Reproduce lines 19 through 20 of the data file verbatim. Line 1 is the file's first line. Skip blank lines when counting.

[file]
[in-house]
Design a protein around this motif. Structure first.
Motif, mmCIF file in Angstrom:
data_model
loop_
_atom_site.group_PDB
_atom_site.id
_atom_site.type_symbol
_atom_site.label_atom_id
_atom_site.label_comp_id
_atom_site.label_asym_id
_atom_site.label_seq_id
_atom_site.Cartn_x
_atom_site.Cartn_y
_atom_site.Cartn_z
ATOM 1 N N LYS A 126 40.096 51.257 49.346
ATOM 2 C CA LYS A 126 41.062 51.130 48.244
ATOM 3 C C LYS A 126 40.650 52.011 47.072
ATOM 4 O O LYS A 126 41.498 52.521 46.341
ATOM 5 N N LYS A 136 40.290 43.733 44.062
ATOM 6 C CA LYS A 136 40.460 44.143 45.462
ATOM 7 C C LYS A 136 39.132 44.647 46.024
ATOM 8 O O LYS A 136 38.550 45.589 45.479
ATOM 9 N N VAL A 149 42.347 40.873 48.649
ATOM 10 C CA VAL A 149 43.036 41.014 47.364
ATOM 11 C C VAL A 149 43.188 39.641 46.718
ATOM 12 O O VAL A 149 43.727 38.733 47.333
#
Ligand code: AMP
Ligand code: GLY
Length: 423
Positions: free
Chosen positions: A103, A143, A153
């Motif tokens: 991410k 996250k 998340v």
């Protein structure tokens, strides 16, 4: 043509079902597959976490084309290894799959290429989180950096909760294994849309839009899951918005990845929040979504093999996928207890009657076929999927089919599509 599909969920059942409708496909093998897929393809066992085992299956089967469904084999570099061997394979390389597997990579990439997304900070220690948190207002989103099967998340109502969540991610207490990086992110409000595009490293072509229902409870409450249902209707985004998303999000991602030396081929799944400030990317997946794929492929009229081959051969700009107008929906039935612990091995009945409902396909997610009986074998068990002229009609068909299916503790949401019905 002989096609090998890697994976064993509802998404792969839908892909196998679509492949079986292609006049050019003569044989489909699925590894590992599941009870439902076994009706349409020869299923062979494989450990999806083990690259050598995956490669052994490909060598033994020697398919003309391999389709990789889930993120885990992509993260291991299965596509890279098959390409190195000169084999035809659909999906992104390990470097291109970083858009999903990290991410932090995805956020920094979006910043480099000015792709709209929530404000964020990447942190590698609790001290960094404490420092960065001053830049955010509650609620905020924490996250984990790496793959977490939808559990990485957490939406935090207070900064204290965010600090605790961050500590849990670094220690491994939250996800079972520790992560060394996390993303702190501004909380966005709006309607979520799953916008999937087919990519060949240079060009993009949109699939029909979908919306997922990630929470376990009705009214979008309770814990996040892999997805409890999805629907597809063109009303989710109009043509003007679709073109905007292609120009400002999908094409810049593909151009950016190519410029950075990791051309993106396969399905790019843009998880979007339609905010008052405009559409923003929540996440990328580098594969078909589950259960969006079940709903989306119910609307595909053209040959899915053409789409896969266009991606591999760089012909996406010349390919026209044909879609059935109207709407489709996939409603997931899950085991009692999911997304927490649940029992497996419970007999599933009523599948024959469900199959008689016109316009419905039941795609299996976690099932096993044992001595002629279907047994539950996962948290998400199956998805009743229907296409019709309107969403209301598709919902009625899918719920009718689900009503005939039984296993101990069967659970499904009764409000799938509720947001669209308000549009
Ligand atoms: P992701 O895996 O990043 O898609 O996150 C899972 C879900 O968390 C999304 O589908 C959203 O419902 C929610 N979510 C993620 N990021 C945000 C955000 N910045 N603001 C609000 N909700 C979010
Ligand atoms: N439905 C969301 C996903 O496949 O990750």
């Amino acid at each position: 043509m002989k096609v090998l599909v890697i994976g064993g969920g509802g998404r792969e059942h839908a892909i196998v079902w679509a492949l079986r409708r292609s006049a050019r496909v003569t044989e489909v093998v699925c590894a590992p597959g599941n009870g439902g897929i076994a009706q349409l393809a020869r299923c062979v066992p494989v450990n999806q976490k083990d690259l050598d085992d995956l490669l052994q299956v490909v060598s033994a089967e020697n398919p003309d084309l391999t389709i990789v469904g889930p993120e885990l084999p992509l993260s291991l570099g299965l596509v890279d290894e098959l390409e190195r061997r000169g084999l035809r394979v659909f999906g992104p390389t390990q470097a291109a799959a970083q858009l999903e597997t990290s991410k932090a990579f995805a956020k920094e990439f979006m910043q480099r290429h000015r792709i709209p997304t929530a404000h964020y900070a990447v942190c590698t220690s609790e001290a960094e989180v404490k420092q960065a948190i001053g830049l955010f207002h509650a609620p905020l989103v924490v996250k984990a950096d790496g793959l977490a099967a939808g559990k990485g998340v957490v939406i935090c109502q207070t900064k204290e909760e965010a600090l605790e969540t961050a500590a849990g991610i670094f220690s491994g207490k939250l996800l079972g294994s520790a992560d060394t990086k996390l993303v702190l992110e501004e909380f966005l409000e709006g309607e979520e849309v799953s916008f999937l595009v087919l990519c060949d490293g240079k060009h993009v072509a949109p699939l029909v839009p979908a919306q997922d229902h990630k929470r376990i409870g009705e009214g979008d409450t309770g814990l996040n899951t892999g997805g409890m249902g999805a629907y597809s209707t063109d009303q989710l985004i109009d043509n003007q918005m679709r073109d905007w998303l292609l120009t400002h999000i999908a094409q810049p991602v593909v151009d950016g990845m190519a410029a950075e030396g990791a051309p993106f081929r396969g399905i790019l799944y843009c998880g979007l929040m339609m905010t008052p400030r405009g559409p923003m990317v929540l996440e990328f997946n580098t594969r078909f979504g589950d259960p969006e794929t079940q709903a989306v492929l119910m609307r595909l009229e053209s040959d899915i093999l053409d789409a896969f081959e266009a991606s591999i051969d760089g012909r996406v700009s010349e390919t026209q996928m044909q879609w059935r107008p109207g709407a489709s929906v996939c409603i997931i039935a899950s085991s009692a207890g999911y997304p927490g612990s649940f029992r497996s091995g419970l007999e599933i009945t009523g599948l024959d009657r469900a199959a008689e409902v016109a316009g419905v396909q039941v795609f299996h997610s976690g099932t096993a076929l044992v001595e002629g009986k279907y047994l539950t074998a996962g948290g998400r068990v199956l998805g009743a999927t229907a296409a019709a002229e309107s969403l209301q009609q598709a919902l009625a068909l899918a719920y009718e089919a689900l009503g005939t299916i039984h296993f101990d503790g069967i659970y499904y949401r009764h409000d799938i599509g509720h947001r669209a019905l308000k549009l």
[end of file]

ATOM 4 O O LYS A 126 41.498 52.521 46.341
ATOM 5 N N LYS A 136 40.290 43.733 44.062